James Hillman on Modern Work

I’ve talked about the cost of ugliness. We think that beauty–“beautification” is the way we talk about it, as if you go and do something and make it more beautiful; line the highways with something–that costs too much, so we have to be more functional and not waste money on that. But the cost of ugliness is much greater. Being in an ugly room, an ugly building, ugly traffic, ugly homes, ugly malls, and so forth. We don’t need to talk about what is ugliness? Just that sense that I’m abused by the daily life that I lead in a suburb, in an office building with the machinery going on: air conditioners, lights, the absence of windows. In how many academic offices are there no windows? In how many publishing firms and how many insurance companies are you in a wall-less office in one of these giant places in a cubicle?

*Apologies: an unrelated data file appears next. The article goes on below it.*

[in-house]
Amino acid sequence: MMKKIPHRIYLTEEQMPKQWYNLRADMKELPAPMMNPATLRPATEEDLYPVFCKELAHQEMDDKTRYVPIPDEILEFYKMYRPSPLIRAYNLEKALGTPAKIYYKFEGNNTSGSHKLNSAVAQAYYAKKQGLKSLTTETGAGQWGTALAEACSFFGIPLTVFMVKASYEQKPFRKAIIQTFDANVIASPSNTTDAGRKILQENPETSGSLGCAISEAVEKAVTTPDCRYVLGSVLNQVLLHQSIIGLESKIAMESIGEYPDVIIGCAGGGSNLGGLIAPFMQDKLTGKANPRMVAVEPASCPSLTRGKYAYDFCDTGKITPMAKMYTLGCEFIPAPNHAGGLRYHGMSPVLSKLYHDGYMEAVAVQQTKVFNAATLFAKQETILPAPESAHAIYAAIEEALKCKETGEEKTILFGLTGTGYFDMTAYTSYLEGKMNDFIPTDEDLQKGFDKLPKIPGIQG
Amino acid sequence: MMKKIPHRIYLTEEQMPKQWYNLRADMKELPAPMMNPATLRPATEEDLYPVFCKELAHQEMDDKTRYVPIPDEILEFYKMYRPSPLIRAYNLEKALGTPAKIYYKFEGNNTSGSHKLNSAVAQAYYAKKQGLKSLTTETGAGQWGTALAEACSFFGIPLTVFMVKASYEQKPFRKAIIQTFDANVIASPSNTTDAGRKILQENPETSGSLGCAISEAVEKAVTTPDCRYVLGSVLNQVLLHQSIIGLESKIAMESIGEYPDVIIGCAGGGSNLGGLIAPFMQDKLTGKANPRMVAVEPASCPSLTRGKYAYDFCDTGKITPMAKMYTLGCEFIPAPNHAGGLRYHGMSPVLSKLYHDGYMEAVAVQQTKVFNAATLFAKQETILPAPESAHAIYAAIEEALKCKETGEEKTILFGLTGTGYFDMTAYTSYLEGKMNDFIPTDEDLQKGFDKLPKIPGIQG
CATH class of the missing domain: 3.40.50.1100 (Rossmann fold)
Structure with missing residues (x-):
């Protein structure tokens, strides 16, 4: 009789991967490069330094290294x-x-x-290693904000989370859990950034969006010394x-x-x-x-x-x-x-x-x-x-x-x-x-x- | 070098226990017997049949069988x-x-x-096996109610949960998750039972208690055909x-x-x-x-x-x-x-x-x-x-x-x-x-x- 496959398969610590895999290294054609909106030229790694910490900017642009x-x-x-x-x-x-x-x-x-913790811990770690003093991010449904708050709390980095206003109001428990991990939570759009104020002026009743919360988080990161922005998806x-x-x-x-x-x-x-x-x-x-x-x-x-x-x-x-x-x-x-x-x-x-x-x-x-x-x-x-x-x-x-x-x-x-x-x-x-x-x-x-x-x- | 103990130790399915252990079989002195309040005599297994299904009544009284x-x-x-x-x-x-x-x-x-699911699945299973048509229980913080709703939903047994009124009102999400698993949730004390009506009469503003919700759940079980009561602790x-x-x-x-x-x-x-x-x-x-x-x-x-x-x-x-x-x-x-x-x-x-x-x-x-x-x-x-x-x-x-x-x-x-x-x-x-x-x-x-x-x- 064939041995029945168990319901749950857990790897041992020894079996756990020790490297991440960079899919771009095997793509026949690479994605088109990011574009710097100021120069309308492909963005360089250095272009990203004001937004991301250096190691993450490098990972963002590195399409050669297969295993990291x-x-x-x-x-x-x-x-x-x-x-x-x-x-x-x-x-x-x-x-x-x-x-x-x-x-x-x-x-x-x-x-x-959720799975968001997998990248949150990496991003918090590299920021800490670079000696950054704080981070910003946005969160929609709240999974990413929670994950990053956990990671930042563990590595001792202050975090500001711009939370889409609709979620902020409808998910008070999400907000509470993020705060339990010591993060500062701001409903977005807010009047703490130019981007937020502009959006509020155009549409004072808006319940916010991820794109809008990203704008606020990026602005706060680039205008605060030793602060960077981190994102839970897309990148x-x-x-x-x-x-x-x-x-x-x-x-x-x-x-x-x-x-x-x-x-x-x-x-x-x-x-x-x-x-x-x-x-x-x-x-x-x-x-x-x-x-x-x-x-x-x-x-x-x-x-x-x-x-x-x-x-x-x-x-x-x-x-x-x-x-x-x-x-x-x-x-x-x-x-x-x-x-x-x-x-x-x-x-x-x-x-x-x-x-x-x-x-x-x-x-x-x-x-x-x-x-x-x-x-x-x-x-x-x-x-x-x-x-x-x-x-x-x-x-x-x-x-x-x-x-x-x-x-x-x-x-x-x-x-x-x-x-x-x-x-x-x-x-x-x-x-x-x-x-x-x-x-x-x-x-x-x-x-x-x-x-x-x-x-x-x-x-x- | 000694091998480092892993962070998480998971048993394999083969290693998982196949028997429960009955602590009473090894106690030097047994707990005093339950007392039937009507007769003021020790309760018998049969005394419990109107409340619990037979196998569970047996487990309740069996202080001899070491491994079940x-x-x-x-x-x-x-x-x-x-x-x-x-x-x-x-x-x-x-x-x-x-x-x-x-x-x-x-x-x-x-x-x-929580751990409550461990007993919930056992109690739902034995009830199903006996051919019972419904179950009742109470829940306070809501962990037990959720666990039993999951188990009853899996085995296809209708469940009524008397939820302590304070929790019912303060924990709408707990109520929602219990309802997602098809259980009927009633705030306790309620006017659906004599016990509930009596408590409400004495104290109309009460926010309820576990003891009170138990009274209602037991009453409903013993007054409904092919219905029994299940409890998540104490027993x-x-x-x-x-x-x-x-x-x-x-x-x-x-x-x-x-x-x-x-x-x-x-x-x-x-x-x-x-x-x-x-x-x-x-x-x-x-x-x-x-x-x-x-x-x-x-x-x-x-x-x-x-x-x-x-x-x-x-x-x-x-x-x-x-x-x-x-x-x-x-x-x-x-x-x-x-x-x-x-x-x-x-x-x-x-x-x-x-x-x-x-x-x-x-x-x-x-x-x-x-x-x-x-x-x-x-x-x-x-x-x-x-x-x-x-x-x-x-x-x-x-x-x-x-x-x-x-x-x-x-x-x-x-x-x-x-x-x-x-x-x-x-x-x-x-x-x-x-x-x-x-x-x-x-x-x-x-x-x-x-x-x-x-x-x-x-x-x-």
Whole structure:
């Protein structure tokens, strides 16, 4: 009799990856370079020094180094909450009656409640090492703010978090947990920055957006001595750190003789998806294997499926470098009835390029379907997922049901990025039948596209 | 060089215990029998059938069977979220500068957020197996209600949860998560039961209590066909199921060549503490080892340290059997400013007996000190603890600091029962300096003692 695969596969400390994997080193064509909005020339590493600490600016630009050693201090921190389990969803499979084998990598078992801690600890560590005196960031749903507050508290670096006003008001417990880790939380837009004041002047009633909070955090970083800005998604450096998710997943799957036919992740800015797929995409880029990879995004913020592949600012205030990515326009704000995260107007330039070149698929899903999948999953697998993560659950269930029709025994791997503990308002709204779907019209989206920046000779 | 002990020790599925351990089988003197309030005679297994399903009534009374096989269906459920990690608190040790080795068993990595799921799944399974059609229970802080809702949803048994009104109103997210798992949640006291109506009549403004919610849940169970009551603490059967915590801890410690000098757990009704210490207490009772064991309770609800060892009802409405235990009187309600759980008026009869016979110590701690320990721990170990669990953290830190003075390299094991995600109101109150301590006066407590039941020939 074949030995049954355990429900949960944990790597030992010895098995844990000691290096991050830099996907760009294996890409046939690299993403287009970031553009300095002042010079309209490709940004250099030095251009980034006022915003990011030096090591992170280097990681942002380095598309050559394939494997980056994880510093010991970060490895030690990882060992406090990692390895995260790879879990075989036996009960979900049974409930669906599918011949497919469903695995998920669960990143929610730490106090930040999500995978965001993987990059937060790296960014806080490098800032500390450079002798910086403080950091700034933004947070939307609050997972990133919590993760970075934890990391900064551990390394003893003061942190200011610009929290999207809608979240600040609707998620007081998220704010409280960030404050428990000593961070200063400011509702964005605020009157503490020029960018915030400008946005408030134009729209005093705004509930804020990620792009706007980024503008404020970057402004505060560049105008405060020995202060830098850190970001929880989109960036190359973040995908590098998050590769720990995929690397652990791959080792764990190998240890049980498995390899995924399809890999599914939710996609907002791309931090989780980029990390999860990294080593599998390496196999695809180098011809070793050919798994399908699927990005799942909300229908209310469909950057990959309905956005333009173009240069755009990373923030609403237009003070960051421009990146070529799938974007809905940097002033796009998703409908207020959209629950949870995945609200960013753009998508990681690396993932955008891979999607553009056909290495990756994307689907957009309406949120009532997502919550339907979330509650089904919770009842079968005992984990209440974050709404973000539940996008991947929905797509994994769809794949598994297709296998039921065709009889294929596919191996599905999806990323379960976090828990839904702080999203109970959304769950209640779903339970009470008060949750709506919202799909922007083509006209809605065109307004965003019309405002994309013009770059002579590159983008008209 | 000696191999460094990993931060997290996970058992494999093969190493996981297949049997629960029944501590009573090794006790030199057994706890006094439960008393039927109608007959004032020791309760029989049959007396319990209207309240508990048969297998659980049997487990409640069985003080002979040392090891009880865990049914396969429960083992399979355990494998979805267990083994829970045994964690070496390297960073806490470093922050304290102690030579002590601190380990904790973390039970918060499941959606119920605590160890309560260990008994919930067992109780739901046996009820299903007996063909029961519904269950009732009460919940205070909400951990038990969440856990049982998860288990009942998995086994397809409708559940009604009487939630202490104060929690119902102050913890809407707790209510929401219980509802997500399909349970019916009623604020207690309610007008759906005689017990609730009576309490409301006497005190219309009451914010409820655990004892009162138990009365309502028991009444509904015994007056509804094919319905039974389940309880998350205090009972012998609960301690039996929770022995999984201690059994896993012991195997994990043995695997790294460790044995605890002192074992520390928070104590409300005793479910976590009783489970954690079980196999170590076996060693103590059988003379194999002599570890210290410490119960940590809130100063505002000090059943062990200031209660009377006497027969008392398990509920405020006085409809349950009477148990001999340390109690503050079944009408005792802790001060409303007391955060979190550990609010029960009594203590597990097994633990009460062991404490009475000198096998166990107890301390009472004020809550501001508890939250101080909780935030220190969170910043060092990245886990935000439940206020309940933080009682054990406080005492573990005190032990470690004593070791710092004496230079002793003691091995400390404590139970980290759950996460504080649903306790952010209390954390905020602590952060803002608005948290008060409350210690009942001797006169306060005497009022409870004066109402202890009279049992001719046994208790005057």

You spend your life there, and you spend your life there in order to get your pension. That’s slavery. If I stay long enough with this Roman master, or this Mississippi master, I will become a freed man. It’s the same thinking. But we voluntarily do it now. That is worrisome. And therapy does not address this thing.

-Hillman, from an interview


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